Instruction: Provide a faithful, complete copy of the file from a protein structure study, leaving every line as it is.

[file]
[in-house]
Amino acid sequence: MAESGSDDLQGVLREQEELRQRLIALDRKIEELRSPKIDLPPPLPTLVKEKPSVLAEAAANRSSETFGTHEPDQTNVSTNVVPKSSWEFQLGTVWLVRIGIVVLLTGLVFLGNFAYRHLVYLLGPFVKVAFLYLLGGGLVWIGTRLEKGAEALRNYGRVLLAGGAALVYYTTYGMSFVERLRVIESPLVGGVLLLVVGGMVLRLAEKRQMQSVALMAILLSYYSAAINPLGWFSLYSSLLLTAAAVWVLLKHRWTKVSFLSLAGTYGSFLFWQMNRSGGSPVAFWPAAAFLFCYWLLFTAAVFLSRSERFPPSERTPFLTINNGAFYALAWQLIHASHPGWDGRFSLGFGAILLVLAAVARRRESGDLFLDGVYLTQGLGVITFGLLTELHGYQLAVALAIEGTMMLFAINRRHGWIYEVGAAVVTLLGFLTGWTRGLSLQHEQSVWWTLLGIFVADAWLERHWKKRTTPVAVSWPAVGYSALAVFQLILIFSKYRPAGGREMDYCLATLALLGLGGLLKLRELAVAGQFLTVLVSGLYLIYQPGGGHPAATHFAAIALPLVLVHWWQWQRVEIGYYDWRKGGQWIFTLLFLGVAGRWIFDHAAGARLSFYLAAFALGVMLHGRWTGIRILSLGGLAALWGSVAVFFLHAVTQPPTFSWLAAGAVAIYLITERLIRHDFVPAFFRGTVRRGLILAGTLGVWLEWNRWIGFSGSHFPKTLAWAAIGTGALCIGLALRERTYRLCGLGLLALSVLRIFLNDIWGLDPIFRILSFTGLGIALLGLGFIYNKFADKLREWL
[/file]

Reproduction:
[in-house]
Amino acid sequence: MAESGSDDLQGVLREQEELRQRLIALDRKIEELRSPKIDLPPPLPTLVKEKPSVLAEAAANRSSETFGTHEPDQTNVSTNVVPKSSWEFQLGTVWLVRIGIVVLLTGLVFLGNFAYRHLVYLLGPFVKVAFLYLLGGGLVWIGTRLEKGAEALRNYGRVLLAGGAALVYYTTYGMSFVERLRVIESPLVGGVLLLVVGGMVLRLAEKRQMQSVALMAILLSYYSAAINPLGWFSLYSSLLLTAAAVWVLLKHRWTKVSFLSLAGTYGSFLFWQMNRSGGSPVAFWPAAAFLFCYWLLFTAAVFLSRSERFPPSERTPFLTINNGAFYALAWQLIHASHPGWDGRFSLGFGAILLVLAAVARRRESGDLFLDGVYLTQGLGVITFGLLTELHGYQLAVALAIEGTMMLFAINRRHGWIYEVGAAVVTLLGFLTGWTRGLSLQHEQSVWWTLLGIFVADAWLERHWKKRTTPVAVSWPAVGYSALAVFQLILIFSKYRPAGGREMDYCLATLALLGLGGLLKLRELAVAGQFLTVLVSGLYLIYQPGGGHPAATHFAAIALPLVLVHWWQWQRVEIGYYDWRKGGQWIFTLLFLGVAGRWIFDHAAGARLSFYLAAFALGVMLHGRWTGIRILSLGGLAALWGSVAVFFLHAVTQPPTFSWLAAGAVAIYLITERLIRHDFVPAFFRGTVRRGLILAGTLGVWLEWNRWIGFSGSHFPKTLAWAAIGTGALCIGLALRERTYRLCGLGLLALSVLRIFLNDIWGLDPIFRILSFTGLGIALLGLGFIYNKFADKLREWL